c. After analyzing you are ready to establish a plan. The plan can be created from the following considerations:
- Understanding the current ways of doing things at your school.
- Evaluate the resources available: financial, technical and organizational.
- Define a participatory plan of action and the strategies that you are going to use.
- Evaluate your strengths and your level of commitment.

d. Create Goals! What is your timeframe to reach your objectives? How much time do you have to dedicate to the initiative? Make sure you plan to move the project along at an appropriate pace.

e. Flexibility through this process is an imperative. It is likely that new ideas will be met with resistance from certain areas of school management. If your collaborators introduce ideas to you, take time to look over them and give them the appropriate feedback.

f. Go Public!! This stage is crucial. You should approach this with an understanding of the culture and forms of communication within your organization. Therefore you should choose the most effective way to make the announcement. We recommend that you do so in a clear and direct way to all of the people that work for you organization. Remember that communication also includes listening and keeping the channels of conversation open to properly understand the reaction and concerns of the people.

g. Maintaining Communication Throughout the Whole Process is vital. If you do not announce the success and the progress of the plan, the staff’s enthusiasm will wane quickly. Avoid damaging rumors, and increase morale by communicating frequently and in a timely manner the success, progress and future steps of the plan with your collaborators.

h. Collaborators who have a say in the future of a project are more likely to become committed to it and therefore work harder to reach the goal. Solicit their help in making changes. Allow them to establish their own strategies in order to complete the milestones of the project.

i. Allow staff to have fears and air them. Stop them and ask them about how they are doing and if they have any fears or concerns. Accept that fear of change is natural, but work with them to reduce the uncertainties that feed such fear.

Track & Measure the Progress Being Made: You will realize that the process will require you to follow steps along the way in order to reach the final goal. This will also help you to act immediately when actions stray from the plan and time-line. This is especially important when working with long-term goals.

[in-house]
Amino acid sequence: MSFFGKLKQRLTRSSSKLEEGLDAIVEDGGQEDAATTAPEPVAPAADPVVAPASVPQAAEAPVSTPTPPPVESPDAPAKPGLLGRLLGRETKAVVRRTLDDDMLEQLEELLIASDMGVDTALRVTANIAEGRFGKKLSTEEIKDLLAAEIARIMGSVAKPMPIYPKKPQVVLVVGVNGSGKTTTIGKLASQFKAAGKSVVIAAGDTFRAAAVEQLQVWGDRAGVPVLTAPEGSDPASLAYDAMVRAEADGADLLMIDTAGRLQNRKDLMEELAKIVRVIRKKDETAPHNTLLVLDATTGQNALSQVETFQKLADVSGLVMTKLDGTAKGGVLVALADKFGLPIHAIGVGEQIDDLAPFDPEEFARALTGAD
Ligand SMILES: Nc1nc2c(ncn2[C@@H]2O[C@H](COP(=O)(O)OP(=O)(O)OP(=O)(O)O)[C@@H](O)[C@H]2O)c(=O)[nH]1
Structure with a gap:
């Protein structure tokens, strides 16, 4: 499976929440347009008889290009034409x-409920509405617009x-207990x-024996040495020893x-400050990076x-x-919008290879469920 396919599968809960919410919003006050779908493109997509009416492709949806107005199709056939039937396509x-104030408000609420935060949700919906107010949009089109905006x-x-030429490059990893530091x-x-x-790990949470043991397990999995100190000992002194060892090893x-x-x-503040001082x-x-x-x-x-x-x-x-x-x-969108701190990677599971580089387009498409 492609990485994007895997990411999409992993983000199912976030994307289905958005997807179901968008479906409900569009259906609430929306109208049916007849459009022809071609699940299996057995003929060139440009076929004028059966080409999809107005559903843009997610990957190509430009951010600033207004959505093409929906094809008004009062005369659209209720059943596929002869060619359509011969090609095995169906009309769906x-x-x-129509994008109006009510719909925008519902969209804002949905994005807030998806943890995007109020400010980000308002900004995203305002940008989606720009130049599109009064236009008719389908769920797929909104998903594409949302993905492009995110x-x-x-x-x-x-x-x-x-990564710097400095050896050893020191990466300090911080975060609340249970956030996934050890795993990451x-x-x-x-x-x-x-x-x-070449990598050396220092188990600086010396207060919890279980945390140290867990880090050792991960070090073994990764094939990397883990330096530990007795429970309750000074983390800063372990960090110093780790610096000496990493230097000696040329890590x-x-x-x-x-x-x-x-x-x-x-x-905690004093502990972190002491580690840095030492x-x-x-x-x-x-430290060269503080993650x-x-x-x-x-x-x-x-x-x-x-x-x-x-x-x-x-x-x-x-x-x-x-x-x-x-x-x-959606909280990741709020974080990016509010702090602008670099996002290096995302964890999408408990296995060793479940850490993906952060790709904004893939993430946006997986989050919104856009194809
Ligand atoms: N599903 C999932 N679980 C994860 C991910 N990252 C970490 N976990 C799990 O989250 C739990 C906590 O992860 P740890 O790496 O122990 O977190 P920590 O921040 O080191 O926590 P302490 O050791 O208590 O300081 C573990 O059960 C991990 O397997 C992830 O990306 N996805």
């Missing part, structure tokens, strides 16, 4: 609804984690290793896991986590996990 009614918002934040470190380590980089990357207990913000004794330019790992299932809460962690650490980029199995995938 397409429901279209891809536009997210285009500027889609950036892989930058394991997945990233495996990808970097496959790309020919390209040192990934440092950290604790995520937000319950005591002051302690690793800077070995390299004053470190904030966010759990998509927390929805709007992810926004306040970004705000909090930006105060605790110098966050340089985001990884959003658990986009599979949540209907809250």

Our work has taught us a great deal about motivating collaborators through motivational plans, activities, parties, gatherings and athletic tournaments. Here are some key areas and extra ideas of how to incentivise your staff, keeping morale and motivation high:

• There are basic elements in one’s job that leaves a person feeling good at the end of the day. This can include the challenge inherent in the job, the interest they have in their work, whether it allows for creativity, and finally the social interactions that the job provides them.

• Offer opportunities that will allow teachers to learn, develop professionally and progress within the organization. It is the possibility of increasing one’s skills and knowledge, and the potential benefits that this can bring to the individual.

• Recognition in itself is a great motivational tool! Recognition includes increased respect from peers and seeing oneself as an important part of the organization. It may also include acknowledgement from outside the organization from clients, friends, the community or other organizations.

• Making clear the incentives offered in various forms of economic compensation or benefits, particularly in connection to level of performance and production.


The objective of thissection is to provide you with an overview of the different job functions required at a Self-Sufficient School.

In conventional schools the organizational hierarchy adopted and the roles fulfilled by various types of staff employed are normally fairly standard and firmly established. In FSS Schools these structures need to be adapted to take account of the school’s business activities and the role of teachers within this as entrepreneurs and production managers.